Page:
Everyone Deserves to Feel Safe, Especially at Home

When you love someone who you think might be a victim of domestic violence, it’s natural to feel scared and uncertain. What can you do to help? Is this really happening?

Maybe he’s never left bruises, as far as you know, but his anger gets intense very quickly, and he calls her names or insults her. You might witness jealousy and controlling behavior as he isolates her from family and friends. She might tell you she just needs to act differently to keep him happy. (Of course, the pronouns can vary; men, women and nonbinary people can all be abusers or victims of abuse.)

These are all signs of abuse. The onset of the COVID-19 pandemic and lockdowns resulted in a more than 8 percent increase in reports of domestic violence in the United States. Part of the problem, besides the rise in stress, substance use and financial instability, is that victims were isolated from friends, family and peers who might have spotted signs and tried to help.

So how do you help without making matters worse? We spoke with professionals at the UNC Health Beacon Program, which provides comprehensive, coordinated care to UNC Health patients, families and employees experiencing abuse. Here are some do’s and don’ts they shared with us:

Do: Know that anyone can be a victim of domestic violence.

Domestic violence abusers and victims come in all ages, races, genders, sexual orientations, socioeconomic statuses, levels of education, religions and ethnicities, says Melinda Manning, JD, MSW, director of the UNC Health Beacon Program.

“Sometimes people don’t recognize they are victims initially,” she says. “Abusers are often charming. They make grand gestures, like bringing flowers and jewelry.”

But these and other gestures often are ways of manipulating, confusing and isolating their victims.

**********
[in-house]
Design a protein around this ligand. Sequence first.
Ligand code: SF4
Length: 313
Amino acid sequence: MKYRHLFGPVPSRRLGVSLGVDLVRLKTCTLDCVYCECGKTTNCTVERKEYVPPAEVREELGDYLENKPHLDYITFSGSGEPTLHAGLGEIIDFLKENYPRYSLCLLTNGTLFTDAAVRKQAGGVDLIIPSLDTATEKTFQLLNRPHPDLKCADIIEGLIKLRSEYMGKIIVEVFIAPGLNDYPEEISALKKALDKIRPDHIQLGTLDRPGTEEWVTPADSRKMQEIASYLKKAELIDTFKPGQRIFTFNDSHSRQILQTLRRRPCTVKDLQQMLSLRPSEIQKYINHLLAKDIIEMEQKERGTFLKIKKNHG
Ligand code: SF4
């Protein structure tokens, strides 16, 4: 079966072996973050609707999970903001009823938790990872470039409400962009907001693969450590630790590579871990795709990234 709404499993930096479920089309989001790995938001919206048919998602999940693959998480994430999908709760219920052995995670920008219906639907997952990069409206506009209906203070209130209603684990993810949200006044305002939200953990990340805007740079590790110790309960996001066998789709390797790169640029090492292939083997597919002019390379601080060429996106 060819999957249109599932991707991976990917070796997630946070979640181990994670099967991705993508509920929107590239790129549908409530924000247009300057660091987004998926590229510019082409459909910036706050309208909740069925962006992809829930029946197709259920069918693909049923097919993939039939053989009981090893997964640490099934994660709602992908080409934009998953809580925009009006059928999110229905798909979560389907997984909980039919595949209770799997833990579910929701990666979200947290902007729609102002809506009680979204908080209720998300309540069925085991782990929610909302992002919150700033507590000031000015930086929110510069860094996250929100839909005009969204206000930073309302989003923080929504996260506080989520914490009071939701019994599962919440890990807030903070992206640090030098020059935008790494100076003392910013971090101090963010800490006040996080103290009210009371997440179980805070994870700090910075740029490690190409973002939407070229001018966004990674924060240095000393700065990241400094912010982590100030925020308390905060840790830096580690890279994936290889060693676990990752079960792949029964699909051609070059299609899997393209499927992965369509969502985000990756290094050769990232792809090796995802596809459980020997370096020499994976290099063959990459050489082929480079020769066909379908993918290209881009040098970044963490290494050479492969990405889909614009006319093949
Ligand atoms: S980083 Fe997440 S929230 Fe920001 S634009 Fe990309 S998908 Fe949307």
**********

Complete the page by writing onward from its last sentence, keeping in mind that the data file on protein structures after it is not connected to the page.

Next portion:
“People don’t abuse you on the first date, or you wouldn’t get involved with them,” Manning says.

Abuse also tends to get worse during pregnancy, in both severity and frequency. “The abuser may see the pregnancy as a threat to their control,” she says. “Whatever the reason, the health effects can be terrible.”

Do: Be aware of signs of domestic violence.

Just as every relationship is different, the type of abuse can be different, too, according to the National Domestic Violence Hotline. Signs include criticism, jealously, intimidation, isolation and physical violence. Any of these behaviors can demonstrate that one partner is trying to establish power and control over the other.

Sometimes the victim is the last one to recognize the danger. “Other people sometimes see the abuse before the victim,” Manning says.

The abusers may apologize, or say they are doing the victim a favor by controlling the finances or who the victim sees or speaks with. Victims often don’t want to believe that they’ve let themselves get into an abusive relationship, even though it can happen to anyone. They are embarrassed to admit the problems to others or even to themselves.

Don’t: Tell a suspected domestic violence victim what they should do.

There are ways you can help—but facing your suspicions head-on may not be the best approach.

“People mean well, but sometimes the biggest mistake you can make is to tell someone what you think they should do,” Manning says. “The best thing you can do is listen, or maybe offer resources. The person won’t be able to act or prepare until they are ready to do so. And if they’re not ready to talk about it, they may cut off contact with you. That’s what the abuser wants.”